Amsterdam is usually on top of tourist’s bucket list because of the red light district and their world renowned “coffee shops”. However, there is definitely more to Amsterdam than getting high and walking past the ever famous windows. There are canals, beautiful buildings and deliciously Dutch delicacies.It’s a place where history comes alive when you visit Anne Frank’s house. It’s a place that intrigues you when you get told tales about the church and the ladies by the window and a place where many of Van Gogh’s paintings give you a glimpse of the man behind the paint brush.
Amsterdam was once tormented with a large population who dealt with the hard drugs so the government decided to reduce the surge in crime by legalizing a number of the softer drugs. Soft drugs come in the form of rolled joints and baked goods and are still illegal. However, the rules are bent slightly in Amsterdam.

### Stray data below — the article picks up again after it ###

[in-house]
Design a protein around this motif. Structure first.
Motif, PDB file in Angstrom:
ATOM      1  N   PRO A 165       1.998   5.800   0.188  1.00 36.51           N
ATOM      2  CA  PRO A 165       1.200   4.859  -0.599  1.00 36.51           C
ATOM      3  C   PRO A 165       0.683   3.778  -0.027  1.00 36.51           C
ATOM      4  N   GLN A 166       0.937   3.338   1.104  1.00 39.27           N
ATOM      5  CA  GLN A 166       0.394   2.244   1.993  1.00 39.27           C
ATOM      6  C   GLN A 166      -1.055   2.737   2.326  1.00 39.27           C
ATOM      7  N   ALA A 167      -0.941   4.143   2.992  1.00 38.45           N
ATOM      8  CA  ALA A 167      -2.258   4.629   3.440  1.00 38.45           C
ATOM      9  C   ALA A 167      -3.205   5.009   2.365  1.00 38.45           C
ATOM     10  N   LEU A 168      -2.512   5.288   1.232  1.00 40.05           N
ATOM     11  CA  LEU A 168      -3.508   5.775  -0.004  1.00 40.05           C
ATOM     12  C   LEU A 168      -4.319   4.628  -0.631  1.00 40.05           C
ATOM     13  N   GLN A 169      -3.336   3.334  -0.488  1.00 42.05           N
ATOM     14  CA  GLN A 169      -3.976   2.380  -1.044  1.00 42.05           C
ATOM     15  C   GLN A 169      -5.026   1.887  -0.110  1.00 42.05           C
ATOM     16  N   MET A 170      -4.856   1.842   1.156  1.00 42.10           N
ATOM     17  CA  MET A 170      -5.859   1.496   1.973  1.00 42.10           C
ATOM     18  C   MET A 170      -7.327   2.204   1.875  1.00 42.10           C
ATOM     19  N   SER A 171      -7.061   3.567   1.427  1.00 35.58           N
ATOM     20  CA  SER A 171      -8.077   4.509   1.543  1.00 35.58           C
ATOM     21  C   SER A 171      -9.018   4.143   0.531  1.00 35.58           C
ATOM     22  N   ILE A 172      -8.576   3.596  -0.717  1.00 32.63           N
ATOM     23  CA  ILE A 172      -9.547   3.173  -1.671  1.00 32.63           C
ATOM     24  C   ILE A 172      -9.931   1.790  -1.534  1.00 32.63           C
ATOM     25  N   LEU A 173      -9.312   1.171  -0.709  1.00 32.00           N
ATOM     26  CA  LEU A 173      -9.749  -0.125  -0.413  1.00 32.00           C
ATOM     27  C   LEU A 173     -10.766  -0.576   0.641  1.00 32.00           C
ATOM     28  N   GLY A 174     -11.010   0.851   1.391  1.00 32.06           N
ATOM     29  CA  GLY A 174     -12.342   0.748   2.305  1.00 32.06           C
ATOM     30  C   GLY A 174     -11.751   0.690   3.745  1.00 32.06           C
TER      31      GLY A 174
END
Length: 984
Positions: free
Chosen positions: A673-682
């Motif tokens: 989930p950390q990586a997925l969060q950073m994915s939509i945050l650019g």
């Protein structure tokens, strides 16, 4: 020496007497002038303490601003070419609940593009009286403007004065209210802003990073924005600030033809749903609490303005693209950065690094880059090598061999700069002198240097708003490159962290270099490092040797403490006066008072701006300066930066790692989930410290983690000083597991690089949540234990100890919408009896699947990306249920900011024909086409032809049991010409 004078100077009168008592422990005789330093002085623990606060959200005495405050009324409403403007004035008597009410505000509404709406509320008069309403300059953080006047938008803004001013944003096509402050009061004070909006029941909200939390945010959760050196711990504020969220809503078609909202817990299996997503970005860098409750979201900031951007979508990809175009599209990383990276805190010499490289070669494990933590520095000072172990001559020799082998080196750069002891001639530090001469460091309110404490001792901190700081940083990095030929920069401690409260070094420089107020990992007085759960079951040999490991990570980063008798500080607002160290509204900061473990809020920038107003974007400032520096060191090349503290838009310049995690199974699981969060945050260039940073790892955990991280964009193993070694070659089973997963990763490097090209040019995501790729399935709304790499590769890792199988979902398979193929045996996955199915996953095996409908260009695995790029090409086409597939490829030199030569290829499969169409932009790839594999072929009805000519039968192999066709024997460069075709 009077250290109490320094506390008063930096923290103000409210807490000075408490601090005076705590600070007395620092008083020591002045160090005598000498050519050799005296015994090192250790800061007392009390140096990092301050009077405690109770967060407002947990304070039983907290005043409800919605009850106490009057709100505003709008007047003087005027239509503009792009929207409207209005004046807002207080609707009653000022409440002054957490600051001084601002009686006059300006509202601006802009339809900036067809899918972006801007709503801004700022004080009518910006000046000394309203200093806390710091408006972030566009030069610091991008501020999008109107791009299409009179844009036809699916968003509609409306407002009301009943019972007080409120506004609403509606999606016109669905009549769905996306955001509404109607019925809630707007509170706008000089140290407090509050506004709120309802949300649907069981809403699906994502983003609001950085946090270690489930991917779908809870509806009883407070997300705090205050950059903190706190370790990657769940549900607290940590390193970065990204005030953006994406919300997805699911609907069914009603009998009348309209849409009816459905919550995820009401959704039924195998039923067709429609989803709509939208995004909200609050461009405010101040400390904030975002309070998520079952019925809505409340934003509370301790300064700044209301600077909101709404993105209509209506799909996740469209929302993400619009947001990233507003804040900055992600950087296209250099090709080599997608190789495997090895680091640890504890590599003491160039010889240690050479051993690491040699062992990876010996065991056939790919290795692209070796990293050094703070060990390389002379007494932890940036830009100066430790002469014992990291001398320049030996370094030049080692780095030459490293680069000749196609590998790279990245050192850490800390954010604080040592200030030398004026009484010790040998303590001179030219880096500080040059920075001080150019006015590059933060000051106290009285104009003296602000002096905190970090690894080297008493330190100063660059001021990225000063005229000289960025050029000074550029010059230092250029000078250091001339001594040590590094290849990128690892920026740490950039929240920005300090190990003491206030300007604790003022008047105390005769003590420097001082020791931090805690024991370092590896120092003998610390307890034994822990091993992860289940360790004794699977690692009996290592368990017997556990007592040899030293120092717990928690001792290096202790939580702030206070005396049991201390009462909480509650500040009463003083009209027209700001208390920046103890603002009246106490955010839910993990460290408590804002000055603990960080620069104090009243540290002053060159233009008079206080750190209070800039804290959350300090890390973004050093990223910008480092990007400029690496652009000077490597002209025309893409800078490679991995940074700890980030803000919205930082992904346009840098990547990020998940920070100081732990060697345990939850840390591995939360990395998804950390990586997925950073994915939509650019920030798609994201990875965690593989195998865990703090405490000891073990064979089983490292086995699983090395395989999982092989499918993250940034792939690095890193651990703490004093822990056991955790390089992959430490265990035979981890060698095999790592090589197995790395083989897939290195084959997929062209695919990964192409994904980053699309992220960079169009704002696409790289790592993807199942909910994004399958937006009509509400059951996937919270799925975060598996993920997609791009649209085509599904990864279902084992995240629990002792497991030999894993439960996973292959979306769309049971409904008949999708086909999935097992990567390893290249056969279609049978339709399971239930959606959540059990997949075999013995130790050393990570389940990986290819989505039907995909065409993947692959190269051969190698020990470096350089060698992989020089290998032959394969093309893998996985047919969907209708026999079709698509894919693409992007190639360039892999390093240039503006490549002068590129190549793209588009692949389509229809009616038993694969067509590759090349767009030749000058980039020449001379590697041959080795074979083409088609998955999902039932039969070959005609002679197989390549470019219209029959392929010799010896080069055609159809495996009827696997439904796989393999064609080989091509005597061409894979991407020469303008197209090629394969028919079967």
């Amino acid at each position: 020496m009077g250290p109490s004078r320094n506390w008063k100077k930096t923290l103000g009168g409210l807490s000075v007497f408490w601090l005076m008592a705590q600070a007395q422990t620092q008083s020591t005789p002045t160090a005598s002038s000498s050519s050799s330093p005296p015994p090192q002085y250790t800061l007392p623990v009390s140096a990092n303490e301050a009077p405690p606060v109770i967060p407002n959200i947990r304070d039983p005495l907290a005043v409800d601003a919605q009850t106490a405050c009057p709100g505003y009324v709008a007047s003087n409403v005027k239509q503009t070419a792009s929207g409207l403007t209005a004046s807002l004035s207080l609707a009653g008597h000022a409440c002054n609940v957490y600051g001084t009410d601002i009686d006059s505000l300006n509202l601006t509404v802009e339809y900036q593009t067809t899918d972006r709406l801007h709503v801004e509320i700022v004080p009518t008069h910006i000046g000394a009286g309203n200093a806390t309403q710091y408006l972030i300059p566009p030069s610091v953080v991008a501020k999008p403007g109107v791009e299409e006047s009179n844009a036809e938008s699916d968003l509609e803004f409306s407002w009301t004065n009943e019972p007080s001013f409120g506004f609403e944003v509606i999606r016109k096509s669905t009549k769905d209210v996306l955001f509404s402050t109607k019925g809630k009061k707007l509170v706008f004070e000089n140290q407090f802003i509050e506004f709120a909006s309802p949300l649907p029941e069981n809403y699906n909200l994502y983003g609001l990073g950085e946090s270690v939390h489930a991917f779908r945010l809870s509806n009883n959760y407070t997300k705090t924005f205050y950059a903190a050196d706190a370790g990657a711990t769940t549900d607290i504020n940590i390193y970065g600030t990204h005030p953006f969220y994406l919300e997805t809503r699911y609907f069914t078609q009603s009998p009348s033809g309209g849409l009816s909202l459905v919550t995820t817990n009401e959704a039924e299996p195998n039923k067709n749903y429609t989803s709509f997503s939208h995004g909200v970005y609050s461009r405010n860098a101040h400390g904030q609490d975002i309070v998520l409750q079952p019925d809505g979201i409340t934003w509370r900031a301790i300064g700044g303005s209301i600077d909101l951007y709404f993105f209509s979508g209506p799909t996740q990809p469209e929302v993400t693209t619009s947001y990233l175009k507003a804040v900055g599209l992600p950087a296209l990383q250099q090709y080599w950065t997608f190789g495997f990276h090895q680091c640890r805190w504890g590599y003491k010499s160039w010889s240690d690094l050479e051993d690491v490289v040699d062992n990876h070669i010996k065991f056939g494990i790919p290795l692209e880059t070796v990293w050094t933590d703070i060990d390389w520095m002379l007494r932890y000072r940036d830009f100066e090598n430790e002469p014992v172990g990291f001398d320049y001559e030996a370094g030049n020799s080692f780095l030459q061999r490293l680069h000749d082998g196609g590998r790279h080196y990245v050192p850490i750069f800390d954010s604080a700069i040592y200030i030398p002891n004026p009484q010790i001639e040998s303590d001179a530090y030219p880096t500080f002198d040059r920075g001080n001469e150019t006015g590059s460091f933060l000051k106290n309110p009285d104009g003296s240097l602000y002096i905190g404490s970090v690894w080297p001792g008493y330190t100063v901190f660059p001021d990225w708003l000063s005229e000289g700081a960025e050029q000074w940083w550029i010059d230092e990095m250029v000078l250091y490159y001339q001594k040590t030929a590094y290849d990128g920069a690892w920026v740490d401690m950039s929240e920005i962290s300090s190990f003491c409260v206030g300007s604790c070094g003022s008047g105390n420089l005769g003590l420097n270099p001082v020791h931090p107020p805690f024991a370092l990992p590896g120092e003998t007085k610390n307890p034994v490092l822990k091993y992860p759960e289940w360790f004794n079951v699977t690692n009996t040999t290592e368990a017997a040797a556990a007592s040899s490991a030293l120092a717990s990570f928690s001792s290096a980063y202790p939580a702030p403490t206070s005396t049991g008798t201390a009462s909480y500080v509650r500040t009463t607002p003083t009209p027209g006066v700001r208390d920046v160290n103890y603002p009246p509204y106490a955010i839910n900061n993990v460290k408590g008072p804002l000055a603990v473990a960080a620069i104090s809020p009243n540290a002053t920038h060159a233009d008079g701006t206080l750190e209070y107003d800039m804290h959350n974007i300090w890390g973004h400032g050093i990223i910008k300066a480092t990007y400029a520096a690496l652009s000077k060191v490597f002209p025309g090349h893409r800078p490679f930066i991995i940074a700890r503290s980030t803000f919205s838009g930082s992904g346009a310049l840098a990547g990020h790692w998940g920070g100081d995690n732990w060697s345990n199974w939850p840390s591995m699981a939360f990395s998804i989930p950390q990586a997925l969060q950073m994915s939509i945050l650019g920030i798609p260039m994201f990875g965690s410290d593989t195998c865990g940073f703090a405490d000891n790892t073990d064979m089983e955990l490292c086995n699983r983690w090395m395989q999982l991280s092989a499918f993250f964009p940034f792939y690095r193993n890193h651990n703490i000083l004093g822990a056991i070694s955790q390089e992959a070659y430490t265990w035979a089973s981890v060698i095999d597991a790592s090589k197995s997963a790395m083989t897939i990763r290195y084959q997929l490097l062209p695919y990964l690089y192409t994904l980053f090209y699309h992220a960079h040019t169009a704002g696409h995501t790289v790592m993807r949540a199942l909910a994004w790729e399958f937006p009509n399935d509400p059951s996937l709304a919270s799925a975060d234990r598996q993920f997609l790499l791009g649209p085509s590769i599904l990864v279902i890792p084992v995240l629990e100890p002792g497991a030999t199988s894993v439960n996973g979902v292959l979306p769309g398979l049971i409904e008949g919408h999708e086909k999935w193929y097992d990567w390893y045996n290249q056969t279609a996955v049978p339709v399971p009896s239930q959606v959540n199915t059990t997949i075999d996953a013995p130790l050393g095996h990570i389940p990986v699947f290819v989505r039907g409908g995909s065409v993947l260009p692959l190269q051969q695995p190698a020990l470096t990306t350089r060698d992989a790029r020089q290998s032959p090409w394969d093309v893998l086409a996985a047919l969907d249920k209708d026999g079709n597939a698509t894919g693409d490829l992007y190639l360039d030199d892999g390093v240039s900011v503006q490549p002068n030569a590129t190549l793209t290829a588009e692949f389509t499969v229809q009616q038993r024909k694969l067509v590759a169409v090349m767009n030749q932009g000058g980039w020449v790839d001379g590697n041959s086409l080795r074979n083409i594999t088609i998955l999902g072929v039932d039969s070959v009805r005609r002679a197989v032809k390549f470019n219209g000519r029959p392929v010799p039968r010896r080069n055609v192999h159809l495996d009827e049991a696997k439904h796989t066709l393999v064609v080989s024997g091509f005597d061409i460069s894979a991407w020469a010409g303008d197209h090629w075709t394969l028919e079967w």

We arrived in Amsterdam on Friday night and decided to explore the old town area. You cannot walk through old town without walking through the red light district. Plus, this is what Amsterdam was known for, so we were a little curious.
Nothing could have prepared me for how creepy it felt to walk down the narrow alleyways where each room was rented out by a woman that appeared through a glass window. They were scantily dressed and beckoning for the men to join them in their boudoir. Some of the men bargained and entered while the other men were just there to check out the women. I was happy to exit the red light district. I’m not judging, it’s just not my scene!
The Church and the courtesans